Monica's favorite gear for
making Fridge Tea
I like to make my tea in the half gallon jars -- a big batch to last me a few days. Click below for smaller jars and plastic lids.
This rests on the rim of a jar or mug. Add leaf tea to the basket, pour the water through it, and let it brew in the fridge.
This 24-oz. pitcher has a removable leaf tea brewing basket that's perfect for fridge tea. Very convenient! Thanks to reader, Molly, for suggesting this.
My favorite loose leaf teas for making fridge iced tea. These are delicious! Great for hot tea, too.
Just add tap water and pour delicious water from this pitcher. Makes better tasting drinking water, tea and coffee.

How to Make Refrigerator Iced Tea

An easy, smooth-tasting, healthy method


It's been a long, hot summer in St. Louis. Too hot for too long. Enough already!

All that heat makes me thirsty, and that means I want something cold to drink. My summer drink of choice is iced tea. It's refreshing, easy to make, and has health benefits that have been talked about more and more in recent years. Black, white and green teas all have antioxidants that are believed to have cancer fighting properties. Hooray for tea!

Now for the bad news.

Did you know?  Sun tea can facilitate the growth of harmful bacteria.

For years I made jar after jar of sun tea during the hot months, because it's so easy to make and it doesn't heat up my kitchen like the traditional boil-water-and-brew technique. Now the door has slammed on making sun tea, because it's not considered to be safe. Brother!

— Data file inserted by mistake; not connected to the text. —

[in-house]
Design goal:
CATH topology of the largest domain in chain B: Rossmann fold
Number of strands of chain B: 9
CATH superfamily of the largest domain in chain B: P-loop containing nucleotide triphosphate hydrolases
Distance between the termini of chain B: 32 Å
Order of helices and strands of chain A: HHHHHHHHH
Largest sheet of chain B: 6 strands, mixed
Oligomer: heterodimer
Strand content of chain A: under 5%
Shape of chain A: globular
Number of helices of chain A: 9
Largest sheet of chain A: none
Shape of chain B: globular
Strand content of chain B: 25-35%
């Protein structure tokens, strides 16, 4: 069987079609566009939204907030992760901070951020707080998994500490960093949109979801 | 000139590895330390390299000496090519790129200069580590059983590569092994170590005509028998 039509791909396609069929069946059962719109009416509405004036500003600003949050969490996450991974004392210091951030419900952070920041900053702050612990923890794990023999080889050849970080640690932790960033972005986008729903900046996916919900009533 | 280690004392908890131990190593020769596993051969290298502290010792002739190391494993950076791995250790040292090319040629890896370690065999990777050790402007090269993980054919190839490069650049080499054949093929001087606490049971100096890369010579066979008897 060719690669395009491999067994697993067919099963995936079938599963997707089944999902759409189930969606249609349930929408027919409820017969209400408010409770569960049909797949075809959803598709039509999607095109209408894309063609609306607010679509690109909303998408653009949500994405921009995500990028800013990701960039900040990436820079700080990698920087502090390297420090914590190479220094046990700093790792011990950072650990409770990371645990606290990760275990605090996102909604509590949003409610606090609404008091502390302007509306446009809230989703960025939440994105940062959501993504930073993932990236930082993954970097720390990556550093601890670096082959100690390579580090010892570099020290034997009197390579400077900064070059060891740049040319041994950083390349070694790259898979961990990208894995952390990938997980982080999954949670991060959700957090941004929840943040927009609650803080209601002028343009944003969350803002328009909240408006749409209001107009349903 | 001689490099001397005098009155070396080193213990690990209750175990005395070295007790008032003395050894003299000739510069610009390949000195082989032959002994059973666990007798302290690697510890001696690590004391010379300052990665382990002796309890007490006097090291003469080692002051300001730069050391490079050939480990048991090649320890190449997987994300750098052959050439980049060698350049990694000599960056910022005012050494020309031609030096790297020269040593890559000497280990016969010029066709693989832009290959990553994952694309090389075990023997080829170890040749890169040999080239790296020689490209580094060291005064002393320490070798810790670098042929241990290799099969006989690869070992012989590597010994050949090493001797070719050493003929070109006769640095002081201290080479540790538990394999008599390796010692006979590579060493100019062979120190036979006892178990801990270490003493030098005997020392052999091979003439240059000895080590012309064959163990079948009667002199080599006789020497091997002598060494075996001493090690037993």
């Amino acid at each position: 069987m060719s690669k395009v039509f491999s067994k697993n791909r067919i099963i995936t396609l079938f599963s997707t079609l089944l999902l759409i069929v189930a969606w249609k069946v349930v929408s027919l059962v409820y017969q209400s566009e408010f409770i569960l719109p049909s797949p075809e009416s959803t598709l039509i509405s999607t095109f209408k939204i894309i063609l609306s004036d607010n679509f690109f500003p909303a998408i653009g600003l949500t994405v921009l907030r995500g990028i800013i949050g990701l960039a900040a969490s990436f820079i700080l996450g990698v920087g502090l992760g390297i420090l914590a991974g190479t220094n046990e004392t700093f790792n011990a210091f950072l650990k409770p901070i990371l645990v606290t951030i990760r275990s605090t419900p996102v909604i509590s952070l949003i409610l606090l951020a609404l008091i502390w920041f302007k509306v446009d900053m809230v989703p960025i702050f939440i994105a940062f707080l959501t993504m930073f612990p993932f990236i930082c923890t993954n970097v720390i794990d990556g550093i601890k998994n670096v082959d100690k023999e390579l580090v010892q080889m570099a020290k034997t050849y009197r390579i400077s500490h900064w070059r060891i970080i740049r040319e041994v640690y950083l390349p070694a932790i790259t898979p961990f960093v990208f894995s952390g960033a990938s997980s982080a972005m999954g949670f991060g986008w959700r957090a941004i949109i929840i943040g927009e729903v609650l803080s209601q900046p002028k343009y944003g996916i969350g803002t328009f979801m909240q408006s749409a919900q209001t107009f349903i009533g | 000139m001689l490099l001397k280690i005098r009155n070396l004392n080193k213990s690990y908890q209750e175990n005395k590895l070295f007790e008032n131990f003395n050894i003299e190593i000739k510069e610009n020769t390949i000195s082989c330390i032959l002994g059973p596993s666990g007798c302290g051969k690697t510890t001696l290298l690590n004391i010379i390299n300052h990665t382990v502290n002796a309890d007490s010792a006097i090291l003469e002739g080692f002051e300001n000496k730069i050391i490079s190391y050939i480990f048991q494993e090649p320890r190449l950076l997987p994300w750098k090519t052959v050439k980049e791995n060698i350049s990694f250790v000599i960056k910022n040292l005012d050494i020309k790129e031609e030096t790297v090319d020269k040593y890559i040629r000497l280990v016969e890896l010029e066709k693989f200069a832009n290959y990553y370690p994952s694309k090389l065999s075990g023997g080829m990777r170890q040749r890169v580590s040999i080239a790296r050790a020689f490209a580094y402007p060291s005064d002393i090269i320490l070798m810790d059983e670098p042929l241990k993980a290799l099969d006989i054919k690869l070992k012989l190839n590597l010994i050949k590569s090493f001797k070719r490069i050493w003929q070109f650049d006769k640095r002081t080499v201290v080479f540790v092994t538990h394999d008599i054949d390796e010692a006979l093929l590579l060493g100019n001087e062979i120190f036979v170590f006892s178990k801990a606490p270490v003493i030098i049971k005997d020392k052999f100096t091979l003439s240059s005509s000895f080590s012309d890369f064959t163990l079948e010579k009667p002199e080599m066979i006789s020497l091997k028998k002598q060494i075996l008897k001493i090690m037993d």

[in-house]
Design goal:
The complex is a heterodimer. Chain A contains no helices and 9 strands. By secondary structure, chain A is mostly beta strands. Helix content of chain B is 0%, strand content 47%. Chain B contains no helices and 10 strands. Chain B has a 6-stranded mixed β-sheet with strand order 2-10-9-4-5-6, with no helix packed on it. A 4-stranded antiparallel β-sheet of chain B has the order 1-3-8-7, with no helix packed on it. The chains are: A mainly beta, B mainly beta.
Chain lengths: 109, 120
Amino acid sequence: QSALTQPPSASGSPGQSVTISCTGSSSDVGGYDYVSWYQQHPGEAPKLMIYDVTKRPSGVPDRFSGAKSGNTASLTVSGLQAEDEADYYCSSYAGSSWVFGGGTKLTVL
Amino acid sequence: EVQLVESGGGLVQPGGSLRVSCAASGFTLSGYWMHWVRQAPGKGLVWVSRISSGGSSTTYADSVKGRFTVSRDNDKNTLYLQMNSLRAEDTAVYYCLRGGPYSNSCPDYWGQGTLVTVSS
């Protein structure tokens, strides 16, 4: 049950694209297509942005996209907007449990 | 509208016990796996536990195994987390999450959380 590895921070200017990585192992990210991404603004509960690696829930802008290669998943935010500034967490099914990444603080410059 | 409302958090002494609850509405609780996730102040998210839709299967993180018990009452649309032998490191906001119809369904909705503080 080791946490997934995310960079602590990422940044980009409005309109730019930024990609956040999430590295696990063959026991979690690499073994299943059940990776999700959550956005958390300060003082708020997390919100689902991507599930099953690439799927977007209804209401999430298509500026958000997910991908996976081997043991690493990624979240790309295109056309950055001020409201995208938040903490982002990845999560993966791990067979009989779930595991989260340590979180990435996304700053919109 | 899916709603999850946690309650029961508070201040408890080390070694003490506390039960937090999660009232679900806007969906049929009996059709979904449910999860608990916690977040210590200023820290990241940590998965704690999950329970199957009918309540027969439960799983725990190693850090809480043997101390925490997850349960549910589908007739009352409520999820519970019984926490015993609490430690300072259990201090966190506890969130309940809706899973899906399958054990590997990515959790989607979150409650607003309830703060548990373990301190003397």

According to the Centers for Disease Control, using the sun to brew tea can facilitate the growth of bacteria. Have you ever made tea that developed white-ish, slimy stuff after it had been in the fridge for a few days? That's bacteria--yuck!

This isn't a problem with tea that is brewed with boiling water, because that water is hot enough to kill the bacteria. Water needs to be heated above 195 degrees for 3 to 5 minutes to kill the bacteria. Sun tea doesn't get hotter than 130 degrees--just hot enough to give the bacteria a growth boost, but not hot enough to kill it. is a reliable source for verifying or dispelling rumors and urban legends, and supports the view that sun tea is unsafe.

So, there are 2 safe ways to brew tea: the boiling water method and refrigerator tea. I had never heard of refrigerator tea until a few years ago, and I have been making it ever since. I drink it year round, because it's easy and good for me.

Why I like refrigerator tea:

  • Like sun tea, it doesn't heat up my kitchen in the summer.
  • It's easy as can be to make.
  • There's no need to cool it down--it's cold from the beginning.
  • The tea tastes great! Smooth without bitterness.
  • There are unlimited, easy ways to make your own tea flavors. I explain how in another post.

Here's how to make your own refrigerator tea. It's so easy, it almost feels silly to walk you through this. But, here goes.

First you need to gather these supplies:

  • a jar or pitcher.  I use 1 or 2 quart mason jars with plastic lids that are easy to screw off and on.
    1 quart mason jars, view on Amazon
    2 quart mason jars, view on Amazon
    white plastic lids (fit both jar sizes), view on Amazon
  • tea (either tea bags or loose tea)